Sturgeon’s Law states that 90 percent of everything is crap. Kelly’s Corollary adds that 99 percent of that remaining 10 percent is simply good. In art, good is largely preferable to bad—save in the case of something being “so bad it’s good”… but that’s another matter. Good is enjoyable, intelligent, savory, and consistently acceptable, and that’s just fine. Where we run into a problem is when good is inappropriately celebrated as extraordinary.

Good is never extraordinary. Good doesn’t excite or inspire people. Good doesn’t break new ground. Good rarely stirs up emotions. We leave the theater after viewing a good film, we finish listening to a good piece of music, or we put down a good book, and we say, “Well, that was good. Very good indeed.” And we tell our friends how good it was, and that they should enjoy it, because, damn, it was good.

Then after a short period of time, someone in a high position declares this work isn’t just good… Why, it’s great.

Then things get nuts.

The media immediately reports on this great thing, trying to crack its secrets by speaking with the people involved in it, cross-examining and poring over every segment of its existence, and extolling it as a work that will straddle the Rhodes harbor for all eternity.

Soon after, everyone is talking about the work in transformative terms. It’s no longer merely an entertaining experience, It’s become a perfect object wrought by seraphim working under God’s eyes. It will change the way we look at things. Upon viewing, you will orgasm mentally.

You’ll notice a certain consistency in the topics covered by these works, and in the names and credentials of those who produce them. Likewise those promoting the works, and the persons you know who extol them. This applies to high and low culture, by the way.

Does this invalidate the goodness of the good work? No, but it creates a climate in which a truly good work faces either (1) immediate, unquestioning approval, or (2) immediate, crushing disappointment and annoyance in those who don’t “get” it. Ah, but this, thereby, creates controversy, which is the second wave of promotion. The work is secondary to the arguments it generates by this point in time.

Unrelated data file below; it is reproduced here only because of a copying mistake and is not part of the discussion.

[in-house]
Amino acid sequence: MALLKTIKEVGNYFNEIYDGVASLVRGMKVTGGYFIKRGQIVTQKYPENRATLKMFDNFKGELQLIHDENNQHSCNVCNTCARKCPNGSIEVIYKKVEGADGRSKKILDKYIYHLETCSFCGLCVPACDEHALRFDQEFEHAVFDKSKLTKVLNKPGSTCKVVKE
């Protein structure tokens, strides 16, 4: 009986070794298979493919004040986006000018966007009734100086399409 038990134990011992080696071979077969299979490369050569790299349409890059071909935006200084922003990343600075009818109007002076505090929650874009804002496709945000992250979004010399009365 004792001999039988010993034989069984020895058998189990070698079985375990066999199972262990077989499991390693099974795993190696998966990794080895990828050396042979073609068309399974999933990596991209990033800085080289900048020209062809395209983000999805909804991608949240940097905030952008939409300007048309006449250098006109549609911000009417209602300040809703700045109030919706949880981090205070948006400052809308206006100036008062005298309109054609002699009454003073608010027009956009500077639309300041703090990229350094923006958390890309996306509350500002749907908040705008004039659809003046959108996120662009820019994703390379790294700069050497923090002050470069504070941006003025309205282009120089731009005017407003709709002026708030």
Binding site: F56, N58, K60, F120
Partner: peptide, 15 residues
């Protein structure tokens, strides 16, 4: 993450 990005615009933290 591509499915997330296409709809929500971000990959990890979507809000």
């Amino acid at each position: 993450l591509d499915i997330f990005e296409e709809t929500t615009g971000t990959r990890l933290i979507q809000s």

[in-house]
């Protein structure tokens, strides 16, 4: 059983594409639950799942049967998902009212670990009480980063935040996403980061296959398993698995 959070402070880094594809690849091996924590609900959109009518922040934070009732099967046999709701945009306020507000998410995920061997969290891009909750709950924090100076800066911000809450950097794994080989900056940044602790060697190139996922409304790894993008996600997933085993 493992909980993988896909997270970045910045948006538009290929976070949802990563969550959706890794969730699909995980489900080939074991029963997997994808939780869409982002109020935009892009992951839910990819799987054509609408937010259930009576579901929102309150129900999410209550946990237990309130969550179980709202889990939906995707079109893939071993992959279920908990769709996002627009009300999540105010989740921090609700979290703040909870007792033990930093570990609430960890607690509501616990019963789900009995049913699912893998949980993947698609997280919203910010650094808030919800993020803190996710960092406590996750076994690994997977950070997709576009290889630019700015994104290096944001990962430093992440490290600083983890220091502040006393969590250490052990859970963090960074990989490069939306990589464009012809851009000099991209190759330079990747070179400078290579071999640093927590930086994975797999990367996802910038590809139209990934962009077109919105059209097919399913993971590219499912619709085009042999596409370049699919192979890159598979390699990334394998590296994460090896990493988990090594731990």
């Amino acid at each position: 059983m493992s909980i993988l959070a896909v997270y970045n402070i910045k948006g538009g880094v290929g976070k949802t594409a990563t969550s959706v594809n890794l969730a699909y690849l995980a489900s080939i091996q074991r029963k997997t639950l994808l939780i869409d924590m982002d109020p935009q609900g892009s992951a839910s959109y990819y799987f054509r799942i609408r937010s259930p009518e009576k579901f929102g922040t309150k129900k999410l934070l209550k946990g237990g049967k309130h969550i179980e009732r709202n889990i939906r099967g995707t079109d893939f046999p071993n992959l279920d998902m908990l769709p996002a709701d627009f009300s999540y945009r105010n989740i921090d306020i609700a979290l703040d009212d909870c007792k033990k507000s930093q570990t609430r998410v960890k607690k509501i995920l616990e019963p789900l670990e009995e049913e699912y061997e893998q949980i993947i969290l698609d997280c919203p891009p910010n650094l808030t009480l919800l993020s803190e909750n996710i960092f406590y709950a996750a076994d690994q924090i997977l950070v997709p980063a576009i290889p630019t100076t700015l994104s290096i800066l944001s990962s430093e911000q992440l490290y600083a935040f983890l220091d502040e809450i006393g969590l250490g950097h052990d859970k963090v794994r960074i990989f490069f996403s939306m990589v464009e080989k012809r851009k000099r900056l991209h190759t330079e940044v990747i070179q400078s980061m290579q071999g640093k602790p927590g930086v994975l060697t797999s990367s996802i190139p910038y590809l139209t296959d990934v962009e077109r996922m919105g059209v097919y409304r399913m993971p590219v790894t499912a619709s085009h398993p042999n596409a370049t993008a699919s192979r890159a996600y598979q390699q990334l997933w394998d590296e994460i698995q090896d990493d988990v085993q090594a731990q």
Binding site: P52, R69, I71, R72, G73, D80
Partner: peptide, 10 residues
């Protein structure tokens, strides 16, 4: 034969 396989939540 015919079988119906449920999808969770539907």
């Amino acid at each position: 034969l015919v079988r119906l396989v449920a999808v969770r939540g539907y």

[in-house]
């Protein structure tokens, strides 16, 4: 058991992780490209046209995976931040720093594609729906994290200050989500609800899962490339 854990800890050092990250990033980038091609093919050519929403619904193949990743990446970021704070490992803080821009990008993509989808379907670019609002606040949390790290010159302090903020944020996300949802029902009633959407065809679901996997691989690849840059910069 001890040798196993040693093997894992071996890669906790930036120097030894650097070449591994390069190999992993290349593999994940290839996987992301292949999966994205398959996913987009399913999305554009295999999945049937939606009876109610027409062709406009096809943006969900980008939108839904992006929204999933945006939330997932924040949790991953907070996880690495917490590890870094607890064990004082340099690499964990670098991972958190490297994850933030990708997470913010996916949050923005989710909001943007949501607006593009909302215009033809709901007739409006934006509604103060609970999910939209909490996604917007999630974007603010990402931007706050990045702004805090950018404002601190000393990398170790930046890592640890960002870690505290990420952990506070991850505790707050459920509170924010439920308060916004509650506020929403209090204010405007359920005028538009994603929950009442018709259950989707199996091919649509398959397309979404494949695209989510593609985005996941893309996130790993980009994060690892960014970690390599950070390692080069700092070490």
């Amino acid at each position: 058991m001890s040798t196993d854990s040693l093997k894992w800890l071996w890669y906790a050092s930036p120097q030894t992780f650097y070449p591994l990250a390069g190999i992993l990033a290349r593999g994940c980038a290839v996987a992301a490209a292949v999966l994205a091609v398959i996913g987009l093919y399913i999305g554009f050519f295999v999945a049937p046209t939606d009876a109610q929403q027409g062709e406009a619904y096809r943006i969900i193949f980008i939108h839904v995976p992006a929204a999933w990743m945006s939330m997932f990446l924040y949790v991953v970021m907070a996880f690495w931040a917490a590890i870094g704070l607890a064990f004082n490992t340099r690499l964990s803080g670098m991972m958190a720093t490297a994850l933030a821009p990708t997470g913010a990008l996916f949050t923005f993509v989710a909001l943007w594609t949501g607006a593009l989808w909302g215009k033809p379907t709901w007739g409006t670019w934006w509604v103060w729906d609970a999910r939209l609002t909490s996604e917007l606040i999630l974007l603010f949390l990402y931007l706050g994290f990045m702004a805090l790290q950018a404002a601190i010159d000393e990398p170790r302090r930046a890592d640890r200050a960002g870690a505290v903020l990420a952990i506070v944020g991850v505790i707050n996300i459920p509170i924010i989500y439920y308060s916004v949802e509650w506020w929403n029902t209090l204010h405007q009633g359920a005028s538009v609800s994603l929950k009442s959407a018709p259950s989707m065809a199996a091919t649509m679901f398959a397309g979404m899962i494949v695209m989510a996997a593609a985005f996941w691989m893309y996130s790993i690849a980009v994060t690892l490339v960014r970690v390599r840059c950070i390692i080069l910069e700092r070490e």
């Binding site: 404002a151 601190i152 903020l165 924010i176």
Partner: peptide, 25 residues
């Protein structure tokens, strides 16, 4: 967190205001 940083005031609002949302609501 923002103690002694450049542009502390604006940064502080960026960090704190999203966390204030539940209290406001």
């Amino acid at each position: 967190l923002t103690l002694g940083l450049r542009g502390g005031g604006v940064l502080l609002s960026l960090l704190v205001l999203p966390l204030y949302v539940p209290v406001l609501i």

The only true measure of a work’s greatness, goodness, awfulness, or obscurity, of course, is time. Obviously, this is borne by the number of people who can be convinced of a work’s greatness over the years, decades, and centuries. One way is to let the subject review and assess the work on their own, according to its merits and their personal checklist of what makes for a good work. The other way is to create an perpetual promotion machine. This is, facetiously, a game of temporal telephone. The scholars, critics, and investors (now that copyright can extend for ridiculous periods) constantly promote the work’s virtues to, in the case of the university system, a captive audience, or, in the case of the aesthetic cult, those seeking constant validation of their beliefs and tastes. Meanwhile, as with telephone, changes in social mores, language, political upheaval, and more subtly change the perception of the work, and its original intent and meaning become lost. Which is just as well, because for a work to survive and be cherished as good, et cetera, it must remain organic and mutable. The perpetual promotion machine, however, insists on just one interpretation. Tell me you didn’t have a teacher who stuck to his or her guns when you disagreed with their interpretation of a work.

By this measure it’s interesting to step back and view what good to great works have survived, comparing them to what is considered good/great now. Why do Ishmael, Anna Karenina, and Sherlock Holmes persist? Why is Casablanca still an amazing film? In comparison, and to tip my hand to my ulterior motive, how likely is it that any of Aaron Sorkin’s stereotypes with their staccato clevertalk will survive into the next century, much less be considered extraordinary? I don’t know. Nobody knows. But it will be interesting to see what happens when the current crews of aesthetic roustabouts are gone, no longer there to drive in the stakes, hoist the ropes, and prop up the circus tents.

Author: Mr. Dan Kelly

Chicago writer interested in many things.